He then showed that most binary forms cannot be represented in the above way, thereby showing that most hyperelliptic curves have no rational points.

If one carries out Stewart’s $p$-adic reduction argument all the way down to 1, we see the following. Start with a generic equation $F(x,y) = h$, apply a descent argument, and end up with a bunch of equations of the form $\mathcal{F}(x,y) = 1$. In particular, the curve defined by

$\mathcal{F}(x,y) = z^2$

has a rational point! Therefore, it must be one of the rare binary forms with a representation of the form $(-1)^n \det(Ax - By)$. I call this effect ‘funneling’, because we start with a generic, typical object and end up with a special object. Therefore, all of the initial data had to pass through a ‘general to special’ funnel. Since the final object is so rare, the initial object could not be too abundant; otherwise we would ‘violate’ Bhargava’s result.

Of course, the above paragraph is too coarse and fuzzy to formulate precise statements, much less proving a rigorous theorem. However, I still believe that this funnel’ should exist and that it will lead to a solution to Stewart’s conjecture.

If you have any insights or ideas, please feel free to contact me, I would be extremely pleased if this question gets an answer.

# On getting our names “whitesplained”

The phrase “mansplaining” is defined as follows, according to wikipedia: “to explain something to someone, typically a man to woman, in a manner regarded as condescending or patronizing.” It can easily be generalized to the case when a dominant social group tries to explain something to someone from a less dominant social group. This is particularly an issue when it comes to Chinese names and native English speakers trying to dictate to us how to say our own names ‘in English’.

This is particularly a problem for my wife, who has the very common Chinese surname ‘Wang’. According to this source (written in Chinese), there are over 93 million people in China (which does not include the diaspora, which my wife is a part of) with that surname. Most native English speakers pronounce it as spelt, which is like ‘bang’ but with a w in front. In fact, the correct pronunciation is closer to ‘Wong’ or ‘Wung’. There is no word in English that sounds exactly like how it sounds in Chinese, so one could be forgiven if they can’t pronounce it exactly right. This is not the problem.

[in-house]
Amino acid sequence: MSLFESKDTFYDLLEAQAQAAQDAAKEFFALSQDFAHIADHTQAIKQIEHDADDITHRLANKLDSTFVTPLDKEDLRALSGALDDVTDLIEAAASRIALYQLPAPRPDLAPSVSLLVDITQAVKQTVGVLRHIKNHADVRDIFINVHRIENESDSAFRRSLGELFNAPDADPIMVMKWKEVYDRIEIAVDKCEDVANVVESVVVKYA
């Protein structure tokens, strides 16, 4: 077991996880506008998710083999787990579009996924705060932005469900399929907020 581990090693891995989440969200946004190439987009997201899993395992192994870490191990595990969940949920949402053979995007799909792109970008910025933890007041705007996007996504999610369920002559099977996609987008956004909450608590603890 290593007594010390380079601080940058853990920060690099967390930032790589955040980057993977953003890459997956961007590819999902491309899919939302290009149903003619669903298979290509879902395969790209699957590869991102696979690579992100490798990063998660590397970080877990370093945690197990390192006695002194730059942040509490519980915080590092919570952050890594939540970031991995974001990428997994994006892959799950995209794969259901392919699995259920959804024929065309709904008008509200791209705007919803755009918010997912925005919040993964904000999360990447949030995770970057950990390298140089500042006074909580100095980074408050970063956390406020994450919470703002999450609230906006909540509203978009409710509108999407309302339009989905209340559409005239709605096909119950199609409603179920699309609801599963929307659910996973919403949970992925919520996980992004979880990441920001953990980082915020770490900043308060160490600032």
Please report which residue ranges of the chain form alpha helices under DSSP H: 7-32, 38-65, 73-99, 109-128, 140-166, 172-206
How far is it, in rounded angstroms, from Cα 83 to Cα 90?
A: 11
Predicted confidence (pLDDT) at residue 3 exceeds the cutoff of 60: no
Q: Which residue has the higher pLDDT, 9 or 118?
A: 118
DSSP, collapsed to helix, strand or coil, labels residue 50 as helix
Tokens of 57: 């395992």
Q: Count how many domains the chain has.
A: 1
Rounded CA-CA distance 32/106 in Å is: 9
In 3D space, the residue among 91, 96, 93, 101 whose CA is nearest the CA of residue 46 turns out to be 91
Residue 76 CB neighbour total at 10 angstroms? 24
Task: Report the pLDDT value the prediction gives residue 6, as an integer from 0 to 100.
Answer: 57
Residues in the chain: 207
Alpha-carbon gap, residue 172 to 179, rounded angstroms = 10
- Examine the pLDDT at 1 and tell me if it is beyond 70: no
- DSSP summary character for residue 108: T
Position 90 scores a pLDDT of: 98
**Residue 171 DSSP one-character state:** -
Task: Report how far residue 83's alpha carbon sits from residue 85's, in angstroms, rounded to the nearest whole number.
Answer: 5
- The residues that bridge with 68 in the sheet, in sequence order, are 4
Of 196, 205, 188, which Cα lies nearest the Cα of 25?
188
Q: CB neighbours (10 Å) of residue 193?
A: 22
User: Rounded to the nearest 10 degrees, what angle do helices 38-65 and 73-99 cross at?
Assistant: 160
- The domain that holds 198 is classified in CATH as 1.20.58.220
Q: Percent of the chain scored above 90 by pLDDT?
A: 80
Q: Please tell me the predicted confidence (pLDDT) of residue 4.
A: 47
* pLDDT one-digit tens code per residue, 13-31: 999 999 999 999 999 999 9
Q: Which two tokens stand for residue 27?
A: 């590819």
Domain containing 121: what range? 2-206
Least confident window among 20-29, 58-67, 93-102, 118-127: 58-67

The problem is that people tell my wife, when she corrects them on how to say her surname, that she’s incorrect. She hears people say “well in English it’s just said that way”. Many people tell her that it’s because she’s not a native speaker and therefore have an accent, that her pronunciation is flawed.

Why is this an issue? Well, it is absolutely insulting to say the least. To suggest that we don’t know how to say our own names is preposterous. The other issue at hand is that there is a flagrant lack of respect for our language. This issue flared up on a recent trip where we noticed a member of our group didn’t know the ‘correct’ pronunciation of Mexican food items such as quesadilla or tortilla. In particular, she didn’t know that the double l in these words are supposed to be a ‘yee’ sound. Upon closer examination, it seems that native English speakers have no problem adopting the actual correct pronunciation of a wide variety of foreign words. Nobody insists on pronouncing the following words ‘as written’, and in fact if you tried to pronounce these words using the usual rules of the English language, someone will correct you on it. These include:

Tortilla, quesadilla, fajita, gelato, latte, cappuccino, schadenfreude, de ja vu, jalapeño, etc.